1984 Looking north across the lawns to Faringdon House and from the back.
The current house was built between 1770-85 by Sir Henry James Pye (1745 – 1813), poet laureate to George III, after fire had damaged the original one. He distinguished himself as being the worst ever poet laureate. The nursery rhyme ‘Sing a Song of Sixpence’ was written as a skit against him.
The house is now a Grade I Listed building and many of the features in the grounds are Grade II listed. Much of the material from the original was used in the new building and traces of charring can be seen on the underside of the oak flooring. At the same time he had the Radcot Road, which then ran straight up Church Street from the Market Place through the current entrance to the house beside the church and passing close to the house diverted by an Act of Parliament to its current position further up Church Street. In 1785, he had to sell the house and estate due to his and his father’s debts.
The drawing shows the original Faringdon House of over 200 years earlier, a rambling Elizabethan mansion between the site of the present building and the church. It was built in the 1590s for Sir Henry Unton (c.1557-1596), the English Ambassador to France. It was twice under siege during the Civil War of 1642-1646, being a Royal Garrison and one of the last places to hold out for the king. In 1646 fighting was so fierce that the church, in a position between the Royalists in Faringdon House and the Parliamentarian guns to the east of the town, lost its steeple, the top of the tower and part of the south aisle. Two canon balls were found in the debris of the belfry when the bells were re-cast. The old house burnt down soon after Sir Henry James Pye inherited it from his father in 1766.
Lord Berners, Gerald Hugh Tyrwhitt-Wilson (1883-1950) inherited his title and baronetcy on the death of his uncle Sir Raymond, fourth baronet, in 1918. He sold his inherited estates as quickly as possible and was able to negotiate the purchase of Faringdon House and Estate. His mother and step father, William Ward Bennitt, were already occupying the house and they continued to live there until their deaths in 1931.
Lord Berners was a world-class composer, poet, playwright and a rich eccentric bachelor. He worked at a piano adorned with a beer mug that played the National Anthem whenever it was lifted. He installed a clavichord in his Rolls-Royce so he could compose on the move, and he drove around the lanes wearing a pig’s head mask to frighten the locals. If you wander around the town and look up in the right places you might see some of the eccentric signage that he was responsible for. It was all said to be that Lord Berners was “having a bit of fun at the expense of pompous people”.
He is perhaps most well-known today for dyeing his pigeons in vibrant colours (using a dye that did them no harm) and in the early 1930s for building the Folly Tower. On the door to the tower was a sign that read ‘Members of the public committing suicide from this tower do so at their own risk’. The pigeon-colouring has become a tradition that continues today with the new owners and the evidence can occasionally be seen flying around the town. He lived there with his young companion, Robert Heber-Percy (1911-1987), known as the ‘Mad Boy’. Their home became an exotic playground for the great and the good, the famous and infamous: Salvador Dalí, Aldous Huxley, HG Wells, Stravinsky, Evelyn Waugh, John Betjeman, Elsa Schiaparelli, and Nancy Mitford. Nancy immortalised Berners in her novel ‘The Pursuit of Love’ as the whimsical Lord Merlin. Robert Heber-Percy inherited the property (but not the title) on the death of Lord Berners. He was said to be a charming and generous local eccentric. He worked with his estate workers on the upkeep of the grounds, had the swimming pool built near the house, started the town fireworks display, and set up the Faringdon Folly Tower Trust.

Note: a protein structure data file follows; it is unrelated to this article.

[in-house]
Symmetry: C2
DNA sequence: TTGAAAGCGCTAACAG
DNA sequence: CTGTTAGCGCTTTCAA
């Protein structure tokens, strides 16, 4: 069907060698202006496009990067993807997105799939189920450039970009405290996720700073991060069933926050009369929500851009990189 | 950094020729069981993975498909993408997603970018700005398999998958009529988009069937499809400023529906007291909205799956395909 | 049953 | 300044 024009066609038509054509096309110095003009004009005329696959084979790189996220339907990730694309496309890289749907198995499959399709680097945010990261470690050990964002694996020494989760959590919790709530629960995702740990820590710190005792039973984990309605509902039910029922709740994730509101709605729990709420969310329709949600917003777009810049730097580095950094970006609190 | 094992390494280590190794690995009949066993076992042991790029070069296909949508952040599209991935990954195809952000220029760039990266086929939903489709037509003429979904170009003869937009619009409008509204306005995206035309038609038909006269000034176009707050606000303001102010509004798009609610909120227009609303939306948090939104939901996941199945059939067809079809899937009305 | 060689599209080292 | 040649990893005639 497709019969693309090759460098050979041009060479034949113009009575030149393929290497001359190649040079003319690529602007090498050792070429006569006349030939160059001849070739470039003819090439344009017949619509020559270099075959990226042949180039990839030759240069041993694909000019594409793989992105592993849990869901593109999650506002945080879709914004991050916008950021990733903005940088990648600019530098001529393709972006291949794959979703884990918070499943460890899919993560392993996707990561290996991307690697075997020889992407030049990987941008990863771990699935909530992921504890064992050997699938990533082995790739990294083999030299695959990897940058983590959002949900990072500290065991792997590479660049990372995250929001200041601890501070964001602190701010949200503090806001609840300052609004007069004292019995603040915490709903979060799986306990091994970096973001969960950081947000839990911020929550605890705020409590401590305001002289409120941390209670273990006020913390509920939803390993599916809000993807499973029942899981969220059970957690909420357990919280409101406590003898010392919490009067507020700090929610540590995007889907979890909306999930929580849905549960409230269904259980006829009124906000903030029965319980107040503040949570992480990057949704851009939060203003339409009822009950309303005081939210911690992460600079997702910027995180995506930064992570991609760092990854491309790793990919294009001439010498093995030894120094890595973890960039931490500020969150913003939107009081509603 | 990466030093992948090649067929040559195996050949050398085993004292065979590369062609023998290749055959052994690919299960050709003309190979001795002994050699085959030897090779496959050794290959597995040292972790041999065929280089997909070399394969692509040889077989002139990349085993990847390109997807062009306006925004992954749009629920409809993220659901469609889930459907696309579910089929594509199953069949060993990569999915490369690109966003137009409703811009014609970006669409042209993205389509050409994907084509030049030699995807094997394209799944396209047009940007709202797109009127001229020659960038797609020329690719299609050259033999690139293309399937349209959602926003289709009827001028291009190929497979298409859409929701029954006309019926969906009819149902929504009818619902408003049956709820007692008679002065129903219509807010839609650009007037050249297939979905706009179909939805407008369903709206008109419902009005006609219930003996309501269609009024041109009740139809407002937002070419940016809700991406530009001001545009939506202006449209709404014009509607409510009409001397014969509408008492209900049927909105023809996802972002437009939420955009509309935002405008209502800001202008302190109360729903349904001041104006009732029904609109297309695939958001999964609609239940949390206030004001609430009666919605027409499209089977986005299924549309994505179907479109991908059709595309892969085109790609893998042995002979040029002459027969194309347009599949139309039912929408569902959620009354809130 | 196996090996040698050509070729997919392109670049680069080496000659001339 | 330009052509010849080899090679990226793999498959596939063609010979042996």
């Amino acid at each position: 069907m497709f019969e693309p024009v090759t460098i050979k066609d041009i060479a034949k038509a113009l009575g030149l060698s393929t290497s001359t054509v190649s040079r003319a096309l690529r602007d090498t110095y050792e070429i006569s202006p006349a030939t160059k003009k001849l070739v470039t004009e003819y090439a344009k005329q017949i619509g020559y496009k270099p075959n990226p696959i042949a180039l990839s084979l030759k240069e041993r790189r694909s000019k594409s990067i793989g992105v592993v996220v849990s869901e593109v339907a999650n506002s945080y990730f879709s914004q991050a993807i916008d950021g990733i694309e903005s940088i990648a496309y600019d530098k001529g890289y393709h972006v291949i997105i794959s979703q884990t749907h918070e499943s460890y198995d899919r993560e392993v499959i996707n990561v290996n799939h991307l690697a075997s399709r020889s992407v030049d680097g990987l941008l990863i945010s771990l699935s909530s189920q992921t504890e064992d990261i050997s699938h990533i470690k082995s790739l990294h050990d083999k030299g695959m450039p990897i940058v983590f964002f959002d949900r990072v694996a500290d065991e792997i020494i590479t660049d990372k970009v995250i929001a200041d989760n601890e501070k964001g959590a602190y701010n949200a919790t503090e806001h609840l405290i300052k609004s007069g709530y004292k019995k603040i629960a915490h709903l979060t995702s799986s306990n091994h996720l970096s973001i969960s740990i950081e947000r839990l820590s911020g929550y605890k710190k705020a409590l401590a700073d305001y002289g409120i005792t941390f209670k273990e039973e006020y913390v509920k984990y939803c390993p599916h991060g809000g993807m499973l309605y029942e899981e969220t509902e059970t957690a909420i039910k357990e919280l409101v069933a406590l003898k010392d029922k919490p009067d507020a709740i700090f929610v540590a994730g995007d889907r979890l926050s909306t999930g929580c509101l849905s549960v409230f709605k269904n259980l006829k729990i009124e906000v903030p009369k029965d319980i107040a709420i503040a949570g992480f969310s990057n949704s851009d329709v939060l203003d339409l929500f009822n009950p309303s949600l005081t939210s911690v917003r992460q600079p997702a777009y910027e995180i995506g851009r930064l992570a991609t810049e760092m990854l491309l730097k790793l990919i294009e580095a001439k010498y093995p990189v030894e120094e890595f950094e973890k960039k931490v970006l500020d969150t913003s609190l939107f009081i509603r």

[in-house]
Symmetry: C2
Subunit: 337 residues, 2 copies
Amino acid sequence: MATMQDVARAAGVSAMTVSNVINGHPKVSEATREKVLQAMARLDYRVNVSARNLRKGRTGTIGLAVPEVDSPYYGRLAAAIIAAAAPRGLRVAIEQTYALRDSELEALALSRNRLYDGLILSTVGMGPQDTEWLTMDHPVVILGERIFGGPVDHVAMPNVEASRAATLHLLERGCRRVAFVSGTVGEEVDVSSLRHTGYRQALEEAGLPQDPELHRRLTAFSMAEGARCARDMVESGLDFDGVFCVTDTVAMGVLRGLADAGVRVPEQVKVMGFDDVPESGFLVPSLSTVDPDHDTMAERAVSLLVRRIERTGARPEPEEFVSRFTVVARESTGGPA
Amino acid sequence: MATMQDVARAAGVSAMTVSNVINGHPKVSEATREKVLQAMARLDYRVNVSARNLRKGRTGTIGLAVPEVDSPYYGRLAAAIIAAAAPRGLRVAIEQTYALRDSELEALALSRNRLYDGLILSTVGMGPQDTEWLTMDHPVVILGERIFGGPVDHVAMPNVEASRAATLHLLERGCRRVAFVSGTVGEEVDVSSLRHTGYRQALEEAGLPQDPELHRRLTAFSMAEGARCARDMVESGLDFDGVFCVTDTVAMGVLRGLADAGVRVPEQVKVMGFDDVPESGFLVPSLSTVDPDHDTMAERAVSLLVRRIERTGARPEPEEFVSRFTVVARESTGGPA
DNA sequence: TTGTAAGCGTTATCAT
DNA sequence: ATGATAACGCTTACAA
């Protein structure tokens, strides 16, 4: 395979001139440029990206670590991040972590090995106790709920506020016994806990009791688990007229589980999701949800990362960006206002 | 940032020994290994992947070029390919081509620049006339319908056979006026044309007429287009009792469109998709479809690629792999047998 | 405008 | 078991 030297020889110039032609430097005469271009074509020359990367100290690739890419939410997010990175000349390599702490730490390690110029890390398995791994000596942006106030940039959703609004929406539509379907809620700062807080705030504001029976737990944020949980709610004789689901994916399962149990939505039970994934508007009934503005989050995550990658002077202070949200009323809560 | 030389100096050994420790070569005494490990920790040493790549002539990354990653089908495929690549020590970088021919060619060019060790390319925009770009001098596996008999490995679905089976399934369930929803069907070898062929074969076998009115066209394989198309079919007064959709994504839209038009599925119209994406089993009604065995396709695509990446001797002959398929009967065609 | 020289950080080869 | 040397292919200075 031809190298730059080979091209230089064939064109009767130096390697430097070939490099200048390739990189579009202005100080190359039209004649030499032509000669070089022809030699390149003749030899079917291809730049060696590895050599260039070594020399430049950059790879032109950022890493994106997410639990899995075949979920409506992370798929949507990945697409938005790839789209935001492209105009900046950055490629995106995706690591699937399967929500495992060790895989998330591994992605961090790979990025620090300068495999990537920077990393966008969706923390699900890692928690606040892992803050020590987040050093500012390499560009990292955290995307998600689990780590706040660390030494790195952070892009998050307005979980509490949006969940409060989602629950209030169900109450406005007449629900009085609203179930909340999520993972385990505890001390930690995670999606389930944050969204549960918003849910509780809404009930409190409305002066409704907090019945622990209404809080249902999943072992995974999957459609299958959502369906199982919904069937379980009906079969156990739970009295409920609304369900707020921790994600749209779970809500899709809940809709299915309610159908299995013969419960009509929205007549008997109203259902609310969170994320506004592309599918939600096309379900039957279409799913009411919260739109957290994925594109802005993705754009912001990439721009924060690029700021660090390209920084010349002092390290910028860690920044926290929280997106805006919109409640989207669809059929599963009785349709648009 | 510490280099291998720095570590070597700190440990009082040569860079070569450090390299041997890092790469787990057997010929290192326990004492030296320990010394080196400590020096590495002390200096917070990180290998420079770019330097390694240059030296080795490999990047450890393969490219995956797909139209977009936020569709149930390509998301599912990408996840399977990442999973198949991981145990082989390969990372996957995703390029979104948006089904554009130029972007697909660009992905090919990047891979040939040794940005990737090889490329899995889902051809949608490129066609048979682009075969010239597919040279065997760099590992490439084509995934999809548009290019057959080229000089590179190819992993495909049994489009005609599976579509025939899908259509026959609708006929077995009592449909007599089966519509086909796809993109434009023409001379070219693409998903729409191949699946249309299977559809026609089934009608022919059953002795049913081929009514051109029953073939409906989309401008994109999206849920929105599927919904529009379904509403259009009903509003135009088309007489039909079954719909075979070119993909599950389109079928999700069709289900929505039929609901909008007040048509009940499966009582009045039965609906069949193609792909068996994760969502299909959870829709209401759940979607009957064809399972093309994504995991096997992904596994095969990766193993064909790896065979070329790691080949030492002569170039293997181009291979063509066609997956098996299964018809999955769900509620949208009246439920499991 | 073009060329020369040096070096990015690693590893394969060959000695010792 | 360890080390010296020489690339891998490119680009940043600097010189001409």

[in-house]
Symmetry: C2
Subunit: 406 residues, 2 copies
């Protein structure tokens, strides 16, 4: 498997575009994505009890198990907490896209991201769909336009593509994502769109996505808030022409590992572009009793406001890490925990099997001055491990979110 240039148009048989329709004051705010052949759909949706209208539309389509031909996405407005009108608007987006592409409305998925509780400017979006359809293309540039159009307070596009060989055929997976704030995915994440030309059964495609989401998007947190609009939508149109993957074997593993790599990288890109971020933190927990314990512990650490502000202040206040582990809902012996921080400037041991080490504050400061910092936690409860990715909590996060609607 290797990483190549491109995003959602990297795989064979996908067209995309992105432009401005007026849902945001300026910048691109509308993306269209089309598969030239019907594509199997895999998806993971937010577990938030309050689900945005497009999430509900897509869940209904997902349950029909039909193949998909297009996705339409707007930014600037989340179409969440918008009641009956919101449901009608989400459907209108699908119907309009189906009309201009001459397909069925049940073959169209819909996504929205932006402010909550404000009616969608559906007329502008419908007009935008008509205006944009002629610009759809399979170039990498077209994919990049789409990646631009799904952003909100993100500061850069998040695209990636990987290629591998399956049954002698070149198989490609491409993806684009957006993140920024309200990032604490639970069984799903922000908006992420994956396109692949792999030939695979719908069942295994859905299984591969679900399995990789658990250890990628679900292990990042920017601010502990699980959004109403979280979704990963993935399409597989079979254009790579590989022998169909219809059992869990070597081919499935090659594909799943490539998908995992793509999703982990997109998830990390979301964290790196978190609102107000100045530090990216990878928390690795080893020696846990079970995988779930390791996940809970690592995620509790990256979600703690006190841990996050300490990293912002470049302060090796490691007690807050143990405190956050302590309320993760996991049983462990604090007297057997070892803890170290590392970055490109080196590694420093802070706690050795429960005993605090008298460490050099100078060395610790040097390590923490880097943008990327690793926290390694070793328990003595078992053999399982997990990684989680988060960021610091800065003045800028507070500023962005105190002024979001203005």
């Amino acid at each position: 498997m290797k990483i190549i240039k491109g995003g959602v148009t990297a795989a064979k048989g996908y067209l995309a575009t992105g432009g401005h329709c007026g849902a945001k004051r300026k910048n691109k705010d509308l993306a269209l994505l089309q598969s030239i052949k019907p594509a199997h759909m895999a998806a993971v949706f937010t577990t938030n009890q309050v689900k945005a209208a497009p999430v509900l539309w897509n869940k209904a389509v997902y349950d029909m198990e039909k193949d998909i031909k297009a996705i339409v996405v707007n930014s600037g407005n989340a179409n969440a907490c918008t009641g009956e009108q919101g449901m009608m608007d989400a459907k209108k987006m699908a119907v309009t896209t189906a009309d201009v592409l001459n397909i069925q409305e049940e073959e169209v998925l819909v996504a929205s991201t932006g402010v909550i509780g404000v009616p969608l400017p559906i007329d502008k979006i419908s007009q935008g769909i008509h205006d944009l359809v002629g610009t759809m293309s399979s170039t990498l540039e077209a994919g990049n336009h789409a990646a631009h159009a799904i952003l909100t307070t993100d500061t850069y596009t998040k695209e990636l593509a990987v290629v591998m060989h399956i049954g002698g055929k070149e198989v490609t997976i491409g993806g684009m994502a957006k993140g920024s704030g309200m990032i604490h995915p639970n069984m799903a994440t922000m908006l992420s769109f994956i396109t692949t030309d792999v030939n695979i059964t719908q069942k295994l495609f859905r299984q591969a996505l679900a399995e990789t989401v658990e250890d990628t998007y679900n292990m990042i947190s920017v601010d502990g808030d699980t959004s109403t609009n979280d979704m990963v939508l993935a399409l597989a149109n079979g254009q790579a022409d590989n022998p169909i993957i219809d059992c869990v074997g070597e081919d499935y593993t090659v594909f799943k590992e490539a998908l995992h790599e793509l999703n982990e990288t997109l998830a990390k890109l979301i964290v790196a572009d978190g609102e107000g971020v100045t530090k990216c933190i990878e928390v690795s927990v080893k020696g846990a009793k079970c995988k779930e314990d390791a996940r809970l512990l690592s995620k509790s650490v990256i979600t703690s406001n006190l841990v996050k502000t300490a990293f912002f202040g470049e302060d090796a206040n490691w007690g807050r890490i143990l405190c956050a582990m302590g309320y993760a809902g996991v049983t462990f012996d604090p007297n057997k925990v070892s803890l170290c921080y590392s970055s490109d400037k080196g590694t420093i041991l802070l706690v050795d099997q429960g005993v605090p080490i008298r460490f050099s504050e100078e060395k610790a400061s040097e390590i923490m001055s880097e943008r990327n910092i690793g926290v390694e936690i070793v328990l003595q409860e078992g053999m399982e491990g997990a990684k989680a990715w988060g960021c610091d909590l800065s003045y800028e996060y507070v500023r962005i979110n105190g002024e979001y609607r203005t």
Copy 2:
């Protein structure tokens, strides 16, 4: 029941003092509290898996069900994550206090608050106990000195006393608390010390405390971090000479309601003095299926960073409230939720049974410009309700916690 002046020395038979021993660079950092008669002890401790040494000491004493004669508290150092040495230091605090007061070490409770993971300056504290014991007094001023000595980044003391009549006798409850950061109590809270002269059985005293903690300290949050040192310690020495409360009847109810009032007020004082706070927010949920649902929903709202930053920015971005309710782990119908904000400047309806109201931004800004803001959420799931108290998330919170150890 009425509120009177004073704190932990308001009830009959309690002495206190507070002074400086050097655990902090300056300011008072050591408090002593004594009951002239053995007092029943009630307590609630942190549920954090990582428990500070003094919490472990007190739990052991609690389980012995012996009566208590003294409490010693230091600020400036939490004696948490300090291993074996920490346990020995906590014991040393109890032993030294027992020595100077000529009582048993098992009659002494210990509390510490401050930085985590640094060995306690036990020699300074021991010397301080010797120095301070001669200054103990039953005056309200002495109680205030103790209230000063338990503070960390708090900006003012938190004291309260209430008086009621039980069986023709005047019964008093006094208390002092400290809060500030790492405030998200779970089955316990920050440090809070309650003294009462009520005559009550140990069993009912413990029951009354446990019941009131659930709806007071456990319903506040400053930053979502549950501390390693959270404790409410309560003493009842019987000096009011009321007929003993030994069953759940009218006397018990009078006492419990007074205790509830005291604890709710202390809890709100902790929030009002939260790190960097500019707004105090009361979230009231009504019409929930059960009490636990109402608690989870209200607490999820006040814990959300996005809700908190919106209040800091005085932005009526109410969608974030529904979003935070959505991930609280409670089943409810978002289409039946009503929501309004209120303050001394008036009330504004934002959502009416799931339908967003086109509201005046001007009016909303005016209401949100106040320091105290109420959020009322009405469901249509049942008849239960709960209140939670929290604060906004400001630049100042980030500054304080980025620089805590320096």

Owners of Faringdon House
1590s Sir Henry Unton (c.1557-1596), the English Ambassador to France.
1622 sold to Sir Robert Pye (1585-1662), but Sir Henry’s widow, Dame Dorothy, lived there until her death in 1634.
1766 Sir Henry James Pye (1745 – 1813), poet laureate to George III. Built the new house during 1770s.
1785 sold to William Hallett, son of the famous London cabinet maker.
1800s sold to the Cunard shipping family.
1918 sold to Gerald Hugh Tyrwhitt-Wilson (1883-1950), 14th Baron Berners. But his mother and step-father William Ward Bennitt lived there until 1931, when they both died.
1950 Robert Heber-Percy (1911-1987), his companion. Built the swimming pool, started the town fireworks display, and set up the Faringdon Folly Tower Trust.
1987 Sofka Zinovieff, writer and the granddaughter of Heber-Percy and Jennifer Fry. Her parents were Peter Zinovieff and Victoria Gala Heber-Percy. Sofka’s brother Leo and Annabelle, his wife, lived in the house for a few years then it was rented out until 2013/14 when Sofka moved in.
2018 sold to Charles Crossley-Cooke for £11.5m. Built a new tennis court and auctioned off the contents.
Further Reading: A full list of owners/occupiers of Faringdon House 1590-2018 and the earlier Manor since 1174 can be found on the Faringdon Community Website.
The Changing Faces of Faringdon and Surrounding Villages – Book 1 p44. By Rosemary Church, Jim Brown, Millie Bryan and Beryl Newman. Robert Boyd Publications 1999.
Photographs 1994/95 by: Brian Brady
House & Garden – https://www.houseandgarden.co.uk/gallery/sofka-zinovieff-faringdon-house
Royal Berkshire History – http://www.berkshirehistory.com/castles/faringdon_house.html
Faringdon Community website – Robert Heber-Percy – http://www.faringdon.org/heber-percy-more-info.html